Restrict post to WordPress user

Over the that weekend I had been using WordPress to take notes at WordCamp Orange County and realized that WordPress’ block editor is useful as a note taking environment. But what If I don’t want these notes to be public?

Using a template to restrict access

I duplicated TwentyNineteen’s single.php template and wrapped the loop in a conditional tag is_user_logged_in().

The code

<?php
/**
 * Single post and page template for restricting the title and content unless the user is logged in
 * Sources: 
 * https://www.wpbeginner.com/wp-themes/create-custom-single-post-templates-for-specific-posts-or-sections-in-wordpress/
 * https://codex.wordpress.org/Conditional_Tags
 *
 * @link https://developer.wordpress.org/themes/basics/template-hierarchy/#single-post
 *
 * @package WordPress
 * @subpackage Twenty_Nineteen
 * @since 1.0.0
 *
 * License: GPL 2 or later
 *
 * Template Name: Log in Required
 * Template Post Type: post, page
 *
 */

get_header();
?>

	<div id="primary" class="content-area">
		<main id="main" class="site-main">

<?php
	if ( is_user_logged_in() ) {  // check if user is logged in

/* * 
 * Start the Loop 
 * This example  uses TwentyNineteen for the loop, if using a different theme subsitute that loop here.
 * */
		while ( have_posts() ) :
			the_post();

			get_template_part( 'template-parts/content/content', 'single' );

			if ( is_singular( 'attachment' ) ) {
				// Parent post navigation.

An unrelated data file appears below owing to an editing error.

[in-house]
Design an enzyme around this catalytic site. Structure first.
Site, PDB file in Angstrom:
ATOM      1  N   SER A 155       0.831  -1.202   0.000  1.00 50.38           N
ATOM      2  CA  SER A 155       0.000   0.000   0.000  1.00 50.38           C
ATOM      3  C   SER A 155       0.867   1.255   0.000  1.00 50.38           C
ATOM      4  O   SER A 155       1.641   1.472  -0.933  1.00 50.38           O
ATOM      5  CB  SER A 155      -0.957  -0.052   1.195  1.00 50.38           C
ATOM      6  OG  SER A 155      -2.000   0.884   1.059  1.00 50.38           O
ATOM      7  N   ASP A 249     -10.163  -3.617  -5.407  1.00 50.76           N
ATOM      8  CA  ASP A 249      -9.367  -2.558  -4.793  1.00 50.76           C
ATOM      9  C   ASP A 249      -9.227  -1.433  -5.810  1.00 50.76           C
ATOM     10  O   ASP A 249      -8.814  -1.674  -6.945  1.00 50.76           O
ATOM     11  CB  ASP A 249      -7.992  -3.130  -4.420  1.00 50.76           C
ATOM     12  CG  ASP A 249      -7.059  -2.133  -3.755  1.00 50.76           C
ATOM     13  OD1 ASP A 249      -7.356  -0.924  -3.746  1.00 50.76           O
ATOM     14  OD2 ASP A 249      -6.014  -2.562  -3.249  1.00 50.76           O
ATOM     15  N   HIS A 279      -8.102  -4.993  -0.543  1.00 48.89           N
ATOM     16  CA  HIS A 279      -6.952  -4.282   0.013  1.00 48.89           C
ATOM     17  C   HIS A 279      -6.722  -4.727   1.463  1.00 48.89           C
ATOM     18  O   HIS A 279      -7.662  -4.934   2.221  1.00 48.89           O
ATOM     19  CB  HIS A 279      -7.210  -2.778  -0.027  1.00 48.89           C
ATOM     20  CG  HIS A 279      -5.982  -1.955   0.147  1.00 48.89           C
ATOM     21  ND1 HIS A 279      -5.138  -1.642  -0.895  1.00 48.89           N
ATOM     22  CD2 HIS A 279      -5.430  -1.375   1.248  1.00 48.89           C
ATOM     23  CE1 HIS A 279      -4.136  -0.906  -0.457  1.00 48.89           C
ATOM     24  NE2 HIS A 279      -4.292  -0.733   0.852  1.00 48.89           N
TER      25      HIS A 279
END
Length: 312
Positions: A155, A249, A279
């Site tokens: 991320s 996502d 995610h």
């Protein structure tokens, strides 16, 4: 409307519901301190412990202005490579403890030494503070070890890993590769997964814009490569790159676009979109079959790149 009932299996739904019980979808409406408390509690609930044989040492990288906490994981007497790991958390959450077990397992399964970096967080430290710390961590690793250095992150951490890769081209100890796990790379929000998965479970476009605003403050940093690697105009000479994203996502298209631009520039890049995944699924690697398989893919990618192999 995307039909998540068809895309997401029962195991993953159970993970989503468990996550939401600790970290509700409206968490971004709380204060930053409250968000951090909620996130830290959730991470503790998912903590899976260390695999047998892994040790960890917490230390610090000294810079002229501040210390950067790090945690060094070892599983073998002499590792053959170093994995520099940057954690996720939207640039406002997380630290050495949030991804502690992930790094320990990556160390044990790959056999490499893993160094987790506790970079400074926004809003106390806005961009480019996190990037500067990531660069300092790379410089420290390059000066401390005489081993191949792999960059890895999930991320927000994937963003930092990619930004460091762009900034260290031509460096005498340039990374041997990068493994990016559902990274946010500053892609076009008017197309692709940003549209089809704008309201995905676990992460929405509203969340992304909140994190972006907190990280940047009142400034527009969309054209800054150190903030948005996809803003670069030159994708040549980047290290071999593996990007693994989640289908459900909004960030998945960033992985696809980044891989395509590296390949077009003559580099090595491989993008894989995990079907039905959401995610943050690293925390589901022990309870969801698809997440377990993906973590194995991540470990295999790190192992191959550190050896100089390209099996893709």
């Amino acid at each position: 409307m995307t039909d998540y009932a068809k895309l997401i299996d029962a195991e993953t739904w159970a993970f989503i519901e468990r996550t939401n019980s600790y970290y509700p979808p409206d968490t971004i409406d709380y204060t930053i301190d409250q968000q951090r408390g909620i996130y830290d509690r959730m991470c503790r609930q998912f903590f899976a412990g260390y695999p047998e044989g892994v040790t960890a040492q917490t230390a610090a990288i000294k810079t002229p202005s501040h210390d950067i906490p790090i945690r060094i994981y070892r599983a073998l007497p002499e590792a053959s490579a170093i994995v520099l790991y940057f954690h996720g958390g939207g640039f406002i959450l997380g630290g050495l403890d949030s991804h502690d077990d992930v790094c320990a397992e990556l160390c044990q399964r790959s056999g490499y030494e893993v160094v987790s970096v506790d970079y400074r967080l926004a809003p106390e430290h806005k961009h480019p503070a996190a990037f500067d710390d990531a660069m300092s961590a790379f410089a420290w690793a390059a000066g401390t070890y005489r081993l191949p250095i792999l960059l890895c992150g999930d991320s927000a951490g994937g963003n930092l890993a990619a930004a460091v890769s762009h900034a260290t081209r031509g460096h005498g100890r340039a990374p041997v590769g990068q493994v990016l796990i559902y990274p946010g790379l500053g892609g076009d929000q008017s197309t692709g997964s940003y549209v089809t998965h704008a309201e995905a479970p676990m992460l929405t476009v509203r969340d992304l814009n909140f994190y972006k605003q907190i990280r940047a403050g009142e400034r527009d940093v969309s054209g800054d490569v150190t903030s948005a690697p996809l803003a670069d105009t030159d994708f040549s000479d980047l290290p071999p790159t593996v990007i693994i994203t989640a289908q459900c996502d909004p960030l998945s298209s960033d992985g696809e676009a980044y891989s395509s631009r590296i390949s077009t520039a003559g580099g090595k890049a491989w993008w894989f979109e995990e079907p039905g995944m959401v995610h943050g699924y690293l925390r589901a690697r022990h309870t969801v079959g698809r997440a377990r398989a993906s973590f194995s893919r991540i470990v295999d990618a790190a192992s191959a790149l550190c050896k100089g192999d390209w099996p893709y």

the_post_navigation(
					array(
						/* translators: %s: parent post link */
						'prev_text' => sprintf( __( '<span class="meta-nav">Published in</span><span class="post-title">%s</span>', 'twentynineteen' ), '%title' ),
					)
				);
			} elseif ( is_singular( 'post' ) ) {
				// Previous/next post navigation.
				the_post_navigation(
					array(
						'next_text' => '<span class="meta-nav" aria-hidden="true">' . __( 'Next Post', 'twentynineteen' ) . '</span> ' .
							'<span class="screen-reader-text">' . __( 'Next post:', 'twentynineteen' ) . '</span> <br/>' .
							'<span class="post-title">%title</span>',
						'prev_text' => '<span class="meta-nav" aria-hidden="true">' . __( 'Previous Post', 'twentynineteen' ) . '</span> ' .
							'<span class="screen-reader-text">' . __( 'Previous post:', 'twentynineteen' ) . '</span> <br/>' .
							'<span class="post-title">%title</span>',
					)
				);
			}

			// If comments are open or we have at least one comment, load up the comment template.
			if ( comments_open() || get_comments_number() ) {
				comments_template();
			}

		endwhile; // End of the TwentyNineteen  loop.
    
	} else { // If not logged in present a link to log into the site
		echo '<p style="text-align: center;"><a href="' .  wp_login_url( get_permalink() ) . '" title="Login">Log in to view this post</a></p>';
	}
		?>

		</main><!-- #main -->
	</div><!-- #primary -->

<?php
get_footer();

View this code in my GitHub gist.

How does this code work?

Simply put, is_user_logged in() will check if the user is logged before it displays the post. If not they’re presented with a link to log in.

Left, the user is logged in. Right, post content and title will not display.

What it doesn’t do?

Using this post and page template will only restrict the post page. The excerpt or content will still display on archive pages unless those loops run a similar conditional check.

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